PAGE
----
Ever heard of kimchi? It’s a very nourishing and traditional fermented side dish made with vegetables. I have my own variation which I hope you’ll enjoy.
What are Fermented Foods?
In fermented foods, such as sauerkraut and kimchi, there are large amounts of enzymes that greatly aid the process of digestion. Our ancestors traditionally fermented their pickles, ketchups and other vegetables. These condiments, when served with their cooked food, provided digestive enzymes to help the body assimilate them.
I learned about fermentation and nutrition over the years by studying it on my own. When I came across Sally Fallon (Morell)’s book, “Nourishing Traditions,” things really fell into place. She is fantastic about telling you what the different vitamins, fats, enzymes, etc. do in the body. Then, she describes—in over 600 pages—how to cook everything. For example, she says about enzymes…
“An important branch of twentieth-century nutritional research, running parallel to and equal in significance to the discovery of vitamins and minerals, has been the discovery of enzymes and their function. Enzymes are complex proteins that act as catalysts in almost every biochemical process that takes place in the body.”
What is Kimchi?
Kimchi is traditionally a fermented Korean dish made of vegetables and seasoning. As I do not have the tastebuds for the super-spicy red pepper in Korean kimchi, have my own variation inspired by the dish. I add carrots in the place of pepper for what I’ll call a “Korean-style kimchee.” Every fall, I ferment a batch or two as follows.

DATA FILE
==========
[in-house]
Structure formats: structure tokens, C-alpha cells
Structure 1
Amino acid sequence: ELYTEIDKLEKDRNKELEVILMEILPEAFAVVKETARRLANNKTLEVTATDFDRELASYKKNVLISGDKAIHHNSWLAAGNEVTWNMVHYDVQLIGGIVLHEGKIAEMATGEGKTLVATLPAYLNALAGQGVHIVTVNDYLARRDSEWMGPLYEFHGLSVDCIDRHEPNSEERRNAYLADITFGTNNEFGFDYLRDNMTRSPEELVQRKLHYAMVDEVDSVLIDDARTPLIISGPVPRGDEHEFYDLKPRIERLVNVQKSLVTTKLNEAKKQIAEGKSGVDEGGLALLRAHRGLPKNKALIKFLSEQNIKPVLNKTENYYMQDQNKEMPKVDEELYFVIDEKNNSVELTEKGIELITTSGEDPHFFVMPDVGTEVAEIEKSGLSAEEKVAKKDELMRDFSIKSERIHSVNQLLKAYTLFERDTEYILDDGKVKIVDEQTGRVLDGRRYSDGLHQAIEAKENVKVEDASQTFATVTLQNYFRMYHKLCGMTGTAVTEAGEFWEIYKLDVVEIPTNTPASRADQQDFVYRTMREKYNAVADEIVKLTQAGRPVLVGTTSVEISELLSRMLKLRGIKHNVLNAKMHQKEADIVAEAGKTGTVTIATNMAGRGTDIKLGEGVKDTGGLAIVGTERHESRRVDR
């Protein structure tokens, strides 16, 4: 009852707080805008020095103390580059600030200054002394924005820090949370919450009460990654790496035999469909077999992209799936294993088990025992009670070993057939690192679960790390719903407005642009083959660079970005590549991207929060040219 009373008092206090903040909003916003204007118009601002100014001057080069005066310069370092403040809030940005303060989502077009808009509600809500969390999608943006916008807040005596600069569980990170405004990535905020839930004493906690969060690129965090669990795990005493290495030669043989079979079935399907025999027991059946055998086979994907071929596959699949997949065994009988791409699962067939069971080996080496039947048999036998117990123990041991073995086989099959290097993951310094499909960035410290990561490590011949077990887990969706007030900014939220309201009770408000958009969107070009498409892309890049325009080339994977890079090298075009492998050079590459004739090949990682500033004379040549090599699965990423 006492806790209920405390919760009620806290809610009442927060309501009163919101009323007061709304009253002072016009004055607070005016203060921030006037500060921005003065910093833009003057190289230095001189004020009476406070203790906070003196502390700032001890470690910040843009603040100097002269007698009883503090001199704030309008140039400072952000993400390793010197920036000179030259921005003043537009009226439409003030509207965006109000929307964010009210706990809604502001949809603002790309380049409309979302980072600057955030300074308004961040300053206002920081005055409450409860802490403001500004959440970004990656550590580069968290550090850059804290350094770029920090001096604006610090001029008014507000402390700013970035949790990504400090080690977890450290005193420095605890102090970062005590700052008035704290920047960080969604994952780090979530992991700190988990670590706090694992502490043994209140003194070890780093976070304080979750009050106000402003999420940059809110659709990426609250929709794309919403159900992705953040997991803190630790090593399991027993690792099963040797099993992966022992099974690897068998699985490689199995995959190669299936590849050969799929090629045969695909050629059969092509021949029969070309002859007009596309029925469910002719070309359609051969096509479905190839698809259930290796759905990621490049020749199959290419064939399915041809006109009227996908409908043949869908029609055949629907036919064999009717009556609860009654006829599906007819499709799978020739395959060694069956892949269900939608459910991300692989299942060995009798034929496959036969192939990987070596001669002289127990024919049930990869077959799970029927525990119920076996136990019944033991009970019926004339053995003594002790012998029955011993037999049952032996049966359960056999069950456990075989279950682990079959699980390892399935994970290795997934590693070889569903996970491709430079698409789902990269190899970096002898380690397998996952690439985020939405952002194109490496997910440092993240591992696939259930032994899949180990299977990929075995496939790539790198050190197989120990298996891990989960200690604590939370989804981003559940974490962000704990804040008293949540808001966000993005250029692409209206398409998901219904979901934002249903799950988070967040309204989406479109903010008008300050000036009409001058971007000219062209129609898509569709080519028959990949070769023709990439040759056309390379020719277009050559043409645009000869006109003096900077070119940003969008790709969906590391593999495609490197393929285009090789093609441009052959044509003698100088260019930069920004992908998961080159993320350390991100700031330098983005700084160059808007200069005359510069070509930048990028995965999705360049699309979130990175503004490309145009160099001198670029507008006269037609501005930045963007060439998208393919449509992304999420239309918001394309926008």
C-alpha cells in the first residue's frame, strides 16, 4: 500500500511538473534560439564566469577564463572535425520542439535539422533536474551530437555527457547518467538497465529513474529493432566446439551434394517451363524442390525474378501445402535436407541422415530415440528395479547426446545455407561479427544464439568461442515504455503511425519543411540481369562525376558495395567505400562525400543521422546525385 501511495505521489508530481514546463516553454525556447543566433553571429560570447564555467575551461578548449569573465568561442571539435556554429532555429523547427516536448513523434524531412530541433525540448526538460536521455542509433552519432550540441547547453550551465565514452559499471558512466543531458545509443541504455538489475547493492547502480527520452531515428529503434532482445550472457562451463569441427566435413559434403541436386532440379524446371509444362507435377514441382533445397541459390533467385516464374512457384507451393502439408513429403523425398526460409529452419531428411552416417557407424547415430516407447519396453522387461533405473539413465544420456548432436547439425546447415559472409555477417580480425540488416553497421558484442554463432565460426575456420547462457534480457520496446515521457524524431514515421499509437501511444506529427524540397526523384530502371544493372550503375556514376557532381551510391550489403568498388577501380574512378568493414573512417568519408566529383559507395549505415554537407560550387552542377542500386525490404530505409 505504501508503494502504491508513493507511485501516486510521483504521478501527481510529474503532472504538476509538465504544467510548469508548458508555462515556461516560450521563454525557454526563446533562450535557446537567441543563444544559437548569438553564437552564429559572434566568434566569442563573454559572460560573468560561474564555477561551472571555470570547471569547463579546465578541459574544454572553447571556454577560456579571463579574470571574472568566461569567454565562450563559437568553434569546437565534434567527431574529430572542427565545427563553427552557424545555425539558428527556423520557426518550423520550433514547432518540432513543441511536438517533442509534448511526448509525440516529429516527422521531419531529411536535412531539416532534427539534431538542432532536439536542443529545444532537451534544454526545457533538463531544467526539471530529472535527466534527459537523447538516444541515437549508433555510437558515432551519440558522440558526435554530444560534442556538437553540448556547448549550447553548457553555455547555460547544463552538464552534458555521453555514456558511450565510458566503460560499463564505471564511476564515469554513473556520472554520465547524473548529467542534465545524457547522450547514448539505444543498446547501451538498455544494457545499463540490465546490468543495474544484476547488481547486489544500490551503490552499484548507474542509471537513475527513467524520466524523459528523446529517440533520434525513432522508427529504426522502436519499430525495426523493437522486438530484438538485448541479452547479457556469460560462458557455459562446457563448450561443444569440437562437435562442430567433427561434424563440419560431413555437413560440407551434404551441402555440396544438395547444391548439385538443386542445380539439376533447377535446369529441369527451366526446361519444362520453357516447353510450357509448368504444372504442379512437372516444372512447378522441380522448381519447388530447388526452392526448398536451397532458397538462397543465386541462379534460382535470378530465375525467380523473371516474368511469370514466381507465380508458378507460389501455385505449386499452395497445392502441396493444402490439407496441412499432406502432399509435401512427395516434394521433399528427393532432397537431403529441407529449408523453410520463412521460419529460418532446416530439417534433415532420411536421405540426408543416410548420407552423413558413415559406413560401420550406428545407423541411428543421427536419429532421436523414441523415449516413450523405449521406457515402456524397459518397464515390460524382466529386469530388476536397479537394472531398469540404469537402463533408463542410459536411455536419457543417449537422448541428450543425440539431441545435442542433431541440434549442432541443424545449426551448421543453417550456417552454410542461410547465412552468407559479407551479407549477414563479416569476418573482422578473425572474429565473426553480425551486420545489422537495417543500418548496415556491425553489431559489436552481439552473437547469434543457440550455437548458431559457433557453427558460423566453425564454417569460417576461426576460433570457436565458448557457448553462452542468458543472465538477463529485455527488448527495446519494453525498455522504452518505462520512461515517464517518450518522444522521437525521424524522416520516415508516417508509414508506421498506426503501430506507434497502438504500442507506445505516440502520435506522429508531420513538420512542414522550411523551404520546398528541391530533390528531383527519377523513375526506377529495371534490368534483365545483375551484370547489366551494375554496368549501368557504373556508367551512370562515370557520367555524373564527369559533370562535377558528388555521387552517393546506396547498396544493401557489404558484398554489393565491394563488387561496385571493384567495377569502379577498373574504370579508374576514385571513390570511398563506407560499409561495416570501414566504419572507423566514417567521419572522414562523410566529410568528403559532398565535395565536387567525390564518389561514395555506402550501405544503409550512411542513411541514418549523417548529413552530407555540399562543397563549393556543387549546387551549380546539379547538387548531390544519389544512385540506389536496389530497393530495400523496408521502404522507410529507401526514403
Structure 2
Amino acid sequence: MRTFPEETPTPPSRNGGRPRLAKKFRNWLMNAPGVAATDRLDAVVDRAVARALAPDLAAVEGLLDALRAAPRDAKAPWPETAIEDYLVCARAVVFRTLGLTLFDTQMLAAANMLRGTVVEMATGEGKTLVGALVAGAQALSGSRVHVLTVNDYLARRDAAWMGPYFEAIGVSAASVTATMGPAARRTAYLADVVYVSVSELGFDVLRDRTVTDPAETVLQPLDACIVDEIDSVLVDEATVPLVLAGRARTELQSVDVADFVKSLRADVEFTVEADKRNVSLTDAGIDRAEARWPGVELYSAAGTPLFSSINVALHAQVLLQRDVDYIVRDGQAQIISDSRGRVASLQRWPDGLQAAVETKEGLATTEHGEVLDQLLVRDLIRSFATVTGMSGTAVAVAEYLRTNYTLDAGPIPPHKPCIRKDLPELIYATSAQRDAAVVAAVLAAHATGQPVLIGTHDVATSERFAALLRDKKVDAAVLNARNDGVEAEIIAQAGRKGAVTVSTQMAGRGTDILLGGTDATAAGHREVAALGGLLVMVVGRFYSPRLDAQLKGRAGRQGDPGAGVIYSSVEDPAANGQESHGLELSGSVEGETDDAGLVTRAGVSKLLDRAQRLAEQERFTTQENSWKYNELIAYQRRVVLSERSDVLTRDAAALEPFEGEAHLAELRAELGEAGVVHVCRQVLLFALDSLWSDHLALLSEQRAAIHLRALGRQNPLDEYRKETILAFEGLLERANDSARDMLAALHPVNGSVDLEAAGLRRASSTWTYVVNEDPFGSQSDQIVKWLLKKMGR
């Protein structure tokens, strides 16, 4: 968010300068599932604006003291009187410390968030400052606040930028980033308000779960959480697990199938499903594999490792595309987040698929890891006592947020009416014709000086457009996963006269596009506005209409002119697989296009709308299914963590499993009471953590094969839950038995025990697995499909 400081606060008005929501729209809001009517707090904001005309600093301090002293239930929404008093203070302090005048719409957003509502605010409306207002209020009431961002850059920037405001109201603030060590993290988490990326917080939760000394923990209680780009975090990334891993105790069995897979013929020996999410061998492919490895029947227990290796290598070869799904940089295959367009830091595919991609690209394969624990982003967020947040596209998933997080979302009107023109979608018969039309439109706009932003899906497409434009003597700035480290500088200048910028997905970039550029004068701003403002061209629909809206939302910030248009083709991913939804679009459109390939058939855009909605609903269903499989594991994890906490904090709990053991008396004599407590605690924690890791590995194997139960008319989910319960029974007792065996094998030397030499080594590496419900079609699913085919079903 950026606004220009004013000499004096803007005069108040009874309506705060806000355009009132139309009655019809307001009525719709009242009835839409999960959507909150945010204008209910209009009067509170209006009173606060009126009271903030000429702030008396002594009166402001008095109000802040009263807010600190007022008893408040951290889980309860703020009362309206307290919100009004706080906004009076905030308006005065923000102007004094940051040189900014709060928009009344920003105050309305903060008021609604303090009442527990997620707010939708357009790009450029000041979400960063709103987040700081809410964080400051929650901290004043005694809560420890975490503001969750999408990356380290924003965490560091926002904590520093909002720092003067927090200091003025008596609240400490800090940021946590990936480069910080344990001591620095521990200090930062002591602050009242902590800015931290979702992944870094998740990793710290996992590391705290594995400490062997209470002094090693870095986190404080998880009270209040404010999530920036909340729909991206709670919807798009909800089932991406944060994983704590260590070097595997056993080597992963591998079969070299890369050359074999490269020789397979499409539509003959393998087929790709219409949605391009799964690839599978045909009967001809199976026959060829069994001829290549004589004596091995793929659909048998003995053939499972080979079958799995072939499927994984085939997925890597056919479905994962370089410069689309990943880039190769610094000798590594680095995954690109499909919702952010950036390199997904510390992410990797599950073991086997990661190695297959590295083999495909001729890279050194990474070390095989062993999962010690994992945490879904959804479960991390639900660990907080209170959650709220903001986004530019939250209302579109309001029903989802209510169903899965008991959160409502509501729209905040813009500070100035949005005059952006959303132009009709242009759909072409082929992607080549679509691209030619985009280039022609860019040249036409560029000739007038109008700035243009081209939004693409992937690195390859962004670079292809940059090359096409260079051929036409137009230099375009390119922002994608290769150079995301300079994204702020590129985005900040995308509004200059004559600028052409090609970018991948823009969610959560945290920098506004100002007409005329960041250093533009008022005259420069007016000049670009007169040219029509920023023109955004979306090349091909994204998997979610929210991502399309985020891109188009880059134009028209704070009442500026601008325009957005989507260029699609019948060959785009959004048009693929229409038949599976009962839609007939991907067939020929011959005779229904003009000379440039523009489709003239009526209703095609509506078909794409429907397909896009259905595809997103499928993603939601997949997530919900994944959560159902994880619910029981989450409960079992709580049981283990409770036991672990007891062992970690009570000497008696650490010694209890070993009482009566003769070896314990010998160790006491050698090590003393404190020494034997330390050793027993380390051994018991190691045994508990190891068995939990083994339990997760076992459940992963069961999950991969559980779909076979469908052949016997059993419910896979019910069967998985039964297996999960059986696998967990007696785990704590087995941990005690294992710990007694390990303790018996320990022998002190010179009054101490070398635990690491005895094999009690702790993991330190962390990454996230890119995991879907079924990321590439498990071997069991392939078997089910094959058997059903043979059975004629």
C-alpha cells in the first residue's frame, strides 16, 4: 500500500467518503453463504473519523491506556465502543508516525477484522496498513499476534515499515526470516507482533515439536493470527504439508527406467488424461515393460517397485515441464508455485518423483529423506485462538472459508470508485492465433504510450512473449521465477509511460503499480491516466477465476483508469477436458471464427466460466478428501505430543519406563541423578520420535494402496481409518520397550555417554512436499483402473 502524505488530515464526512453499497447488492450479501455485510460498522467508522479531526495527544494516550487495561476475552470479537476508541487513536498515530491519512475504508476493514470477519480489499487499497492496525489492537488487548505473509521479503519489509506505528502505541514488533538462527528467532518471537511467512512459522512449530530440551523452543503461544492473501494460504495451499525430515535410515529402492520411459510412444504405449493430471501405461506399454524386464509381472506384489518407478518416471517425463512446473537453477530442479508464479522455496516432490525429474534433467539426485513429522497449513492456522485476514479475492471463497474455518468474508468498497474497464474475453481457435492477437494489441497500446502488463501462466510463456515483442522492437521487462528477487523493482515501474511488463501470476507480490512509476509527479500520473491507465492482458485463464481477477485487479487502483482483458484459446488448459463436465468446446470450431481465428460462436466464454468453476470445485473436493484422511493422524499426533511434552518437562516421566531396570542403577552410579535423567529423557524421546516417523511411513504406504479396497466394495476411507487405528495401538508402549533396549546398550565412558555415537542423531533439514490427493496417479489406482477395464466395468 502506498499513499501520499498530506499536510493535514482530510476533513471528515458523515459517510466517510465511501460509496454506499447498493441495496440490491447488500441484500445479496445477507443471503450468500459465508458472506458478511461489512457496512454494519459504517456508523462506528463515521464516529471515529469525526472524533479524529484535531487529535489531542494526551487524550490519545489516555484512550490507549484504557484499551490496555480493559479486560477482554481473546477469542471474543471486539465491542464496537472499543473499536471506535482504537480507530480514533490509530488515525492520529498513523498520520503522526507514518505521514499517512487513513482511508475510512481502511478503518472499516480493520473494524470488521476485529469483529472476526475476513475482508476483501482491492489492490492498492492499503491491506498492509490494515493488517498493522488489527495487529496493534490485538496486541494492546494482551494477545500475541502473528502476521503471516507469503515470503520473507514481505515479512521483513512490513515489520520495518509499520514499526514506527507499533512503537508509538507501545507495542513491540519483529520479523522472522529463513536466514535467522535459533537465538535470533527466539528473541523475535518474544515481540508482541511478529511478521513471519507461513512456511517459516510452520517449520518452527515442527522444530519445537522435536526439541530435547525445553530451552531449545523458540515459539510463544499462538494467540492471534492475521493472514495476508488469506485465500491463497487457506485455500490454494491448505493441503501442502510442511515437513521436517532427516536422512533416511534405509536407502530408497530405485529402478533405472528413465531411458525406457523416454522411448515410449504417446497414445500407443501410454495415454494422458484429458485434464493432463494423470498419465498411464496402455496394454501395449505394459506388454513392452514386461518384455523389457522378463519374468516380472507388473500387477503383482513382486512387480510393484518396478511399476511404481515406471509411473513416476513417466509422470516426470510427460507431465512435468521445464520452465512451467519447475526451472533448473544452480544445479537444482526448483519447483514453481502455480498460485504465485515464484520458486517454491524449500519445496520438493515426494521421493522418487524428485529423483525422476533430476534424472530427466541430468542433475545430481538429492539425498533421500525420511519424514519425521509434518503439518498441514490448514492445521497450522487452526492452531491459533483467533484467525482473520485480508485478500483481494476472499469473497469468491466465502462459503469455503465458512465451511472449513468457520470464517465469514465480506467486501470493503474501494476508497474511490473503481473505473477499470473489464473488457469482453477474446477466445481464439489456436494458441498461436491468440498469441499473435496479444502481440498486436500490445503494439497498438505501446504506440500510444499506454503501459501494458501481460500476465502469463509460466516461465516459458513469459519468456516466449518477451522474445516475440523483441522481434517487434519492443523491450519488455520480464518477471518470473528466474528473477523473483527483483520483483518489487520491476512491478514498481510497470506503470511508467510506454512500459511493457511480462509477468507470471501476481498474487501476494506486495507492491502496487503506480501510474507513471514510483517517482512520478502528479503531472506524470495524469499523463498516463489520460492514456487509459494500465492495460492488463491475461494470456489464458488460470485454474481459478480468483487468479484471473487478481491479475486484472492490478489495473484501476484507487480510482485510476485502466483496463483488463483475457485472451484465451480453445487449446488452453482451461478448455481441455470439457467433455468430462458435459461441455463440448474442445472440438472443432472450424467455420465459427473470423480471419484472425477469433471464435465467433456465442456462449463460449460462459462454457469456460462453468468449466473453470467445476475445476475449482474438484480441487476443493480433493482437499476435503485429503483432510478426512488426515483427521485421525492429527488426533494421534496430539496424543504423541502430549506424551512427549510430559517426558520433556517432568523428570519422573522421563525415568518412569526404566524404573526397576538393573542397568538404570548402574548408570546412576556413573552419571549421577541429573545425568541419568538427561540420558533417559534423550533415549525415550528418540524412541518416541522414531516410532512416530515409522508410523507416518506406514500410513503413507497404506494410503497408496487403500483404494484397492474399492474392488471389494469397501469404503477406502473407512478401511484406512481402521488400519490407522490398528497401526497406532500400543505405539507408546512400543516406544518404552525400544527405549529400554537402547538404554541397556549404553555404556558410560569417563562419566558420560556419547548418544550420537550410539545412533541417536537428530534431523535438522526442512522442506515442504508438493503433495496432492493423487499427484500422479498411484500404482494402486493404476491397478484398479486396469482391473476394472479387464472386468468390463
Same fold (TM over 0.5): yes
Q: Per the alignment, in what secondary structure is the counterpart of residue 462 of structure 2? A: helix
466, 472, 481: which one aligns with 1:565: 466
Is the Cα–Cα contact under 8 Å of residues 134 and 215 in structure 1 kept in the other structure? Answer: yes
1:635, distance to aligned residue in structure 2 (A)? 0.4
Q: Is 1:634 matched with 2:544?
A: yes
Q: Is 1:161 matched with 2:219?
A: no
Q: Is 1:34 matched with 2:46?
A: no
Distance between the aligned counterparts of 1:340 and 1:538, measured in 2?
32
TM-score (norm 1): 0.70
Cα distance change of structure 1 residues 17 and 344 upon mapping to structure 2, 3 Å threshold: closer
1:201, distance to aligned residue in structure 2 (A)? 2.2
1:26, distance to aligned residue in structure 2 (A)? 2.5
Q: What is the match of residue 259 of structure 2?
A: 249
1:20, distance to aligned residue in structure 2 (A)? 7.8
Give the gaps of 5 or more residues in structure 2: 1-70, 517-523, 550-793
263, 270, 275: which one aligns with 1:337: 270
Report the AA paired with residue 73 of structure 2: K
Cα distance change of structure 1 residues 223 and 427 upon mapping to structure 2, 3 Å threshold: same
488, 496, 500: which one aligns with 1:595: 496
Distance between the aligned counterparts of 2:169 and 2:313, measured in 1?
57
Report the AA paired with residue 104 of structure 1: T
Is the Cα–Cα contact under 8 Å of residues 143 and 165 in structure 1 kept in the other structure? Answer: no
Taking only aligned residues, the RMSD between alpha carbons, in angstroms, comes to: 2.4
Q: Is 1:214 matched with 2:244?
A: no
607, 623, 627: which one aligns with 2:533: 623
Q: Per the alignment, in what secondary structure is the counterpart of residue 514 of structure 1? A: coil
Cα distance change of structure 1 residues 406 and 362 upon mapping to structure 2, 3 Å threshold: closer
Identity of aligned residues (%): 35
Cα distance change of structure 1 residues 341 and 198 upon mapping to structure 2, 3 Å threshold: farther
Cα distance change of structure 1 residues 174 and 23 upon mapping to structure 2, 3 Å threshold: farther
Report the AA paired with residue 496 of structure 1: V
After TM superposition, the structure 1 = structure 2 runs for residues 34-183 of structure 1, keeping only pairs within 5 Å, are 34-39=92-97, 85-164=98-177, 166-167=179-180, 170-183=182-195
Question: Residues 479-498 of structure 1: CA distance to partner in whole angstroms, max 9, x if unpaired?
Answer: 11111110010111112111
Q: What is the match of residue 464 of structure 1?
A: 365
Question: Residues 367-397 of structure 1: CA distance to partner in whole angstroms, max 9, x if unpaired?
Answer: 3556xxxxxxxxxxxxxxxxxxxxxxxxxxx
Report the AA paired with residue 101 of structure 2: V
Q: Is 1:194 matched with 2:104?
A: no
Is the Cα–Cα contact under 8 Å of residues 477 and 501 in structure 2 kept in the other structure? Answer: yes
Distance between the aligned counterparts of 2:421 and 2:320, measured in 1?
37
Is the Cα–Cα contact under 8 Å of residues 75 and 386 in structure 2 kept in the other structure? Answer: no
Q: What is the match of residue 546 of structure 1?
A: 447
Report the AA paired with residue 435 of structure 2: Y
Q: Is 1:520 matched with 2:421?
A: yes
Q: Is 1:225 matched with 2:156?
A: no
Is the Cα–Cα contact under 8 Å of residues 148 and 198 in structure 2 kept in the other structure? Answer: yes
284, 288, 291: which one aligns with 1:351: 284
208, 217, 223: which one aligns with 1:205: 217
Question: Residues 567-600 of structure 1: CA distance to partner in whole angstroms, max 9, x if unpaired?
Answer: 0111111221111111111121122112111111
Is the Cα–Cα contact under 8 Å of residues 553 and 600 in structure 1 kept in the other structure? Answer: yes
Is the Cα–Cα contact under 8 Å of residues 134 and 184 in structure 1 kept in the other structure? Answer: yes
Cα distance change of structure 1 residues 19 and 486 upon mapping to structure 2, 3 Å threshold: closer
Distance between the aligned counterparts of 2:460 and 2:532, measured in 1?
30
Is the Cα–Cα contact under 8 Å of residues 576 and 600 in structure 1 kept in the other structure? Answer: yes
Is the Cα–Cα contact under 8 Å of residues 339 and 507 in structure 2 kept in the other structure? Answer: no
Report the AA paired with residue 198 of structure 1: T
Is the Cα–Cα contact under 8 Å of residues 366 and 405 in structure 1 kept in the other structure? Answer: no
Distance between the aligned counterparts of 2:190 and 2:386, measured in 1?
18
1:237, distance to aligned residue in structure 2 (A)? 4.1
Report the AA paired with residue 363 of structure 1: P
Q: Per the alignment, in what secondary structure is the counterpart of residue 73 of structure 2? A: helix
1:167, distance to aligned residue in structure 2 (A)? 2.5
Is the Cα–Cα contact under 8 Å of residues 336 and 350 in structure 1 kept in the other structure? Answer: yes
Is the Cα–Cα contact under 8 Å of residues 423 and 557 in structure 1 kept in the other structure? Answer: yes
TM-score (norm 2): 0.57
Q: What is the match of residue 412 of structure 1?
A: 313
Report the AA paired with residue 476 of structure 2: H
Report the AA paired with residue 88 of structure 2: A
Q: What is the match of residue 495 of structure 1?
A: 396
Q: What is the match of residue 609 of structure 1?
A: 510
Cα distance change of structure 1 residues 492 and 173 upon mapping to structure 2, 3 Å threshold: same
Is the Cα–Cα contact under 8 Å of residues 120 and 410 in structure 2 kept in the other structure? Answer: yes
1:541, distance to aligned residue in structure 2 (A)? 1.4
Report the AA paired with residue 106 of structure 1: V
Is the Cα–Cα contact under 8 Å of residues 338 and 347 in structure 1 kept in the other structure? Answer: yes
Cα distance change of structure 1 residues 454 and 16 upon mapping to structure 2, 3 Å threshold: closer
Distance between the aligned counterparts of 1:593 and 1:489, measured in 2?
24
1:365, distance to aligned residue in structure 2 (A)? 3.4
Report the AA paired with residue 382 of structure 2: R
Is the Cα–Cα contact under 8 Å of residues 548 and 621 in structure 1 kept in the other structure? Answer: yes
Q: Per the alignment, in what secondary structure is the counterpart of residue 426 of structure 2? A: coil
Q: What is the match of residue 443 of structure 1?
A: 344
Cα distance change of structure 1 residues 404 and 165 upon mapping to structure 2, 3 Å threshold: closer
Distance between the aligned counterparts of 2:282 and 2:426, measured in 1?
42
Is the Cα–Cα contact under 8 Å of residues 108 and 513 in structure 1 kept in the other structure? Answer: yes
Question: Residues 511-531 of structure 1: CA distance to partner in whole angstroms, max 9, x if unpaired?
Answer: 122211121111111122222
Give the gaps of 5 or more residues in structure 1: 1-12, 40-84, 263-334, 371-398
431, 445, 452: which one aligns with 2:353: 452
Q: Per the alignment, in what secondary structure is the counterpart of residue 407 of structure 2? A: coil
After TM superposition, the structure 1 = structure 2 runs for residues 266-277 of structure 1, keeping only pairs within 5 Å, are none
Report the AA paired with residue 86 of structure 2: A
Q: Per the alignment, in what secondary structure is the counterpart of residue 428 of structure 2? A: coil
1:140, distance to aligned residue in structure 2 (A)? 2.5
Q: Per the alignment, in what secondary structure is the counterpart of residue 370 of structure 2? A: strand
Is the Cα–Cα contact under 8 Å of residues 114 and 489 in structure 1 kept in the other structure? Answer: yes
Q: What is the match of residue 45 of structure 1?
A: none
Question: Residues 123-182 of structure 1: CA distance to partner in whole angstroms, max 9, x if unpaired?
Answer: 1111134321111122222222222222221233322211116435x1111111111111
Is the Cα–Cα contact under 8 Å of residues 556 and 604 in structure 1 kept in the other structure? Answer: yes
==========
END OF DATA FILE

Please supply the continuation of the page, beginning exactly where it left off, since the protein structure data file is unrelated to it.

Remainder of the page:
How to Make Korean-Style “Kimchee”
- I take a cabbage from the garden and slice it thin with either my food processor or a mandolin.
- I pull a few carrots, then wash and grate them.
- I then mince a medium onion (very, very small) and put it all into a large stainless steel bowl (the bowl shouldn’t be a favorite as it can get dented).
- Next I add garlic (crushed small) or sometimes I throw in some of my homegrown/homemade paprika.
- To this mix, I add 2 tablespoons salt.
- You can add some homemade whey if you’d like.
- Using a meat pounder, I bang on the mixture, turning the bowl and stirring the ingredients all the while. Liquid begins to issue forth and the veggies get smaller. I do this until there is a lot of liquid in the bowl.
- Then I pack it into a ½-gallon glass jar, pressing it down firmly with a wooden pounder. The veggies should be covered by the liquid and there should be at least ½ inch of air space at the top. In order to keep the veggies under the liquid, I often fill a pint-size Ziploc bag with a small amount of water and place it at the top.
- The lid goes on tight and the jar sits on the counter for 2 or 3 days before being transferred into the root cellar or fridge.
- It can be eaten immediately, but it will also keep for many months.
Now, I’m using this delicious variation of kimchee in recipes. For lunch, I had a reuben….